For example, a hospital will store different information than a retail organization, and a retail organization will store different information than an online marketplace. The U.S. holds certain privacy protection acts and standards as implemented by HIPAA, PCI DSS, and other smaller bits of privacy; however, the GDPR keeps the issue or privacy extremely simple. It doesn’t matter if the data is regarding credit information, healthcare records, or simply an online social profile – it is all protected the same. Of the respondents polled in the GDPR survey, nearly half (48.5%) with knowledge of the GDPR said that the requirement they anticipated being the most challenging was
Supported by data collected from the U.S. Small Business Administration (SBA), the GDPR may certainly pose direct risks to U.S. businesses. According to the SBA, 98% of business export goods internationally, putting them within the jurisdiction of the GDPR. The first steps any company must consider to mitigate their exposure to fines or risk includes understanding the regulations and how data is used within the organization. Once risk and priorities have been identified, it is critical for organizations to identify and establish their lawful basis for the processing of personal data. Using the trusted counsel of a compliance firm can help organizations to quickly identify both industry and organizational risk that, as a non-biased third-party, are often otherwise overlooked. A risk management and compliance consulting firm can help organizations quickly identify risk, formulate a plan to mitigate this risk and set up ongoing monitoring programs to maintain valuable records of compliance.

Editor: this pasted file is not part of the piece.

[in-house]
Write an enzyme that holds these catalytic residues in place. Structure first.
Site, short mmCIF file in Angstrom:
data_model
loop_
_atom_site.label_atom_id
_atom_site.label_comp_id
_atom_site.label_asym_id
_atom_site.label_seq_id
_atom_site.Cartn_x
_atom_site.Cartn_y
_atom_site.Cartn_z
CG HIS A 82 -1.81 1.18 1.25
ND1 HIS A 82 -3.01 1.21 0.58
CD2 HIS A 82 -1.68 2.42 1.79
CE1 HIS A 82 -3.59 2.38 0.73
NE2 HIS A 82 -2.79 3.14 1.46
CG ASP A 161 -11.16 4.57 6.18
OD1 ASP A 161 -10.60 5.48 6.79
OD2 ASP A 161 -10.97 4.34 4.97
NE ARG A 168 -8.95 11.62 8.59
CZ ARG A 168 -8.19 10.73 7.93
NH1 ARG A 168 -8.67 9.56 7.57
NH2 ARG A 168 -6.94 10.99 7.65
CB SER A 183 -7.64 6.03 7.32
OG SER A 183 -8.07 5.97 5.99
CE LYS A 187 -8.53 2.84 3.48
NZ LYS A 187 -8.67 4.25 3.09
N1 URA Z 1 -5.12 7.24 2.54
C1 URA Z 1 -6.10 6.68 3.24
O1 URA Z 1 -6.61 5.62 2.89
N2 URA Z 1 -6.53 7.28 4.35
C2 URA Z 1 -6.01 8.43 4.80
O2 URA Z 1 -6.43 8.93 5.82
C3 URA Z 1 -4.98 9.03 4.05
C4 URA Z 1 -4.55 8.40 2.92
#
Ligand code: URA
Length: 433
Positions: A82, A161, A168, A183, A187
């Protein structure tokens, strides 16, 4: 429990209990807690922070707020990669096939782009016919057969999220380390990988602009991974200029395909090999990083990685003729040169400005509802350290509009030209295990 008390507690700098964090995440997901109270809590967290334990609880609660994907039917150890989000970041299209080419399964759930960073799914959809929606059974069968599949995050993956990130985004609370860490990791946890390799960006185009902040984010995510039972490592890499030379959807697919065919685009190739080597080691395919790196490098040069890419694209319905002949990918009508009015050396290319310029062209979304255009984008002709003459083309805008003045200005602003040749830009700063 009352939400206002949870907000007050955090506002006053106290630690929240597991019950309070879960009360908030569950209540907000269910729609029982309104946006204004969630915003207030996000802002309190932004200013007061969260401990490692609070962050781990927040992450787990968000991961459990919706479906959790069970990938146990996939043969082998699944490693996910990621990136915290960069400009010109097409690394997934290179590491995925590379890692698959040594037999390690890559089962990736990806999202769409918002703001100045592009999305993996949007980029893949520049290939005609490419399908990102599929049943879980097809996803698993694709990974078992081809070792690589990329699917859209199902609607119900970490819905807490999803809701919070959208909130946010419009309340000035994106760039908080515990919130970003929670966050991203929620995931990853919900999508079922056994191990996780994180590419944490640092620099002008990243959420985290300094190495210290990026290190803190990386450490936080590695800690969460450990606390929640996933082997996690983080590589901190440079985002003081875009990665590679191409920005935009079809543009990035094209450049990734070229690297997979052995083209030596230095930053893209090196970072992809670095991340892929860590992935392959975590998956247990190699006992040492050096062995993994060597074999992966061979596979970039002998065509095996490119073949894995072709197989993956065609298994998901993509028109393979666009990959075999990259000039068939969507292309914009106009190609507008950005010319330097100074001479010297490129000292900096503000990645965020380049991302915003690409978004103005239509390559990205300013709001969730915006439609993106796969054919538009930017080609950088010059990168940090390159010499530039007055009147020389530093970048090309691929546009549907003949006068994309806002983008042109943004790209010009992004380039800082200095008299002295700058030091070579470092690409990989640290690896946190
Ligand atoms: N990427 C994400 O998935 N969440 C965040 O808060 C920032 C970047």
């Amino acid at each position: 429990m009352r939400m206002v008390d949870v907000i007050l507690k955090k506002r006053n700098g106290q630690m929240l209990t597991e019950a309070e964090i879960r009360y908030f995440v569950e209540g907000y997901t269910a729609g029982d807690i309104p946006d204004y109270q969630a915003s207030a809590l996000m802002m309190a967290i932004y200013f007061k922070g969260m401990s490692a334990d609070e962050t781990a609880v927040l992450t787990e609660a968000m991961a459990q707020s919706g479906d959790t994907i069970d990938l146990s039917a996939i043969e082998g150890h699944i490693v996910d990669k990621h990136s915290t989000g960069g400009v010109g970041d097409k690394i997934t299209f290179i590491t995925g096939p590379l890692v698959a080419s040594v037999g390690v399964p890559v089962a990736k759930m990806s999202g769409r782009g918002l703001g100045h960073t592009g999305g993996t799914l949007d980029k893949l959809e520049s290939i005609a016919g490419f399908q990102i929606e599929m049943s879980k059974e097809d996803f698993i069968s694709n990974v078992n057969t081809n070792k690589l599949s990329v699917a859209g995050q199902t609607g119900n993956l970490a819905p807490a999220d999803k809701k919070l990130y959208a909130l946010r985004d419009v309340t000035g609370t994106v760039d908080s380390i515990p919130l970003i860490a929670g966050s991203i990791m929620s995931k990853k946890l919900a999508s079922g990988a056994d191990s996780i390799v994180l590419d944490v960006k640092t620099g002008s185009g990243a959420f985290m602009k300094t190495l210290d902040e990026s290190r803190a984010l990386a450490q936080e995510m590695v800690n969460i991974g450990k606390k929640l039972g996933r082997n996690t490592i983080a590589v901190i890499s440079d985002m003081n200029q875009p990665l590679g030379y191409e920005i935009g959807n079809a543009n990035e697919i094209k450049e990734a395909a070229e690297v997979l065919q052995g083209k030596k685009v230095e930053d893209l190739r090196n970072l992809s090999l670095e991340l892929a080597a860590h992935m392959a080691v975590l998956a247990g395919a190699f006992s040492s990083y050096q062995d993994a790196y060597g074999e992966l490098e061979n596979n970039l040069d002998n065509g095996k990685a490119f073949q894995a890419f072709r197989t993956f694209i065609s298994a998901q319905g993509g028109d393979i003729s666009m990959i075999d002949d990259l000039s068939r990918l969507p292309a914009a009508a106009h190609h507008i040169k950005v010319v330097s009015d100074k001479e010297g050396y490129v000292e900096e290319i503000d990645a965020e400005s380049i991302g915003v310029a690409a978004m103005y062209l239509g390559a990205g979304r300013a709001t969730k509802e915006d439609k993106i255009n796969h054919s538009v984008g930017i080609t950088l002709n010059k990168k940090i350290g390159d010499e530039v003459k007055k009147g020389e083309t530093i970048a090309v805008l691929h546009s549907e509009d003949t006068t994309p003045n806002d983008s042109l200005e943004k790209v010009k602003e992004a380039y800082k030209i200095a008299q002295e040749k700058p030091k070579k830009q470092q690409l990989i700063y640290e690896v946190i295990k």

To adequately become compliant with the GDPR and similar regulations, businesses must become educated on these regulations and determine how to conquer the requirements. Applicable data protection processes and procedures can help minimize exposure to fines, but also provide an opportunity within the market to reassure customers and earn their trust.
About the Author
Greg Sparrow, Senior Vice President & General Manager, compliance point Greg Sparrow has enjoyed over 17 years’ experience in Privacy, Information Security and Risk Management. Greg has had the pleasure of working on both US-based and international projects. He was responsible for the development and Implementation of the security program’s responsible for protecting billions of dollars in annual transaction volume. Greg’s most recent work includes security and certification work for Samsung Pay, enterprise risk management for multiple NFL and MLB sports teams and helping to secure critical infrastructure at some of the nation’s largest transit hubs. Greg holds multiple IT and security certifications covering the Healthcare Industry, Payment Card Industry, and federal banking standards.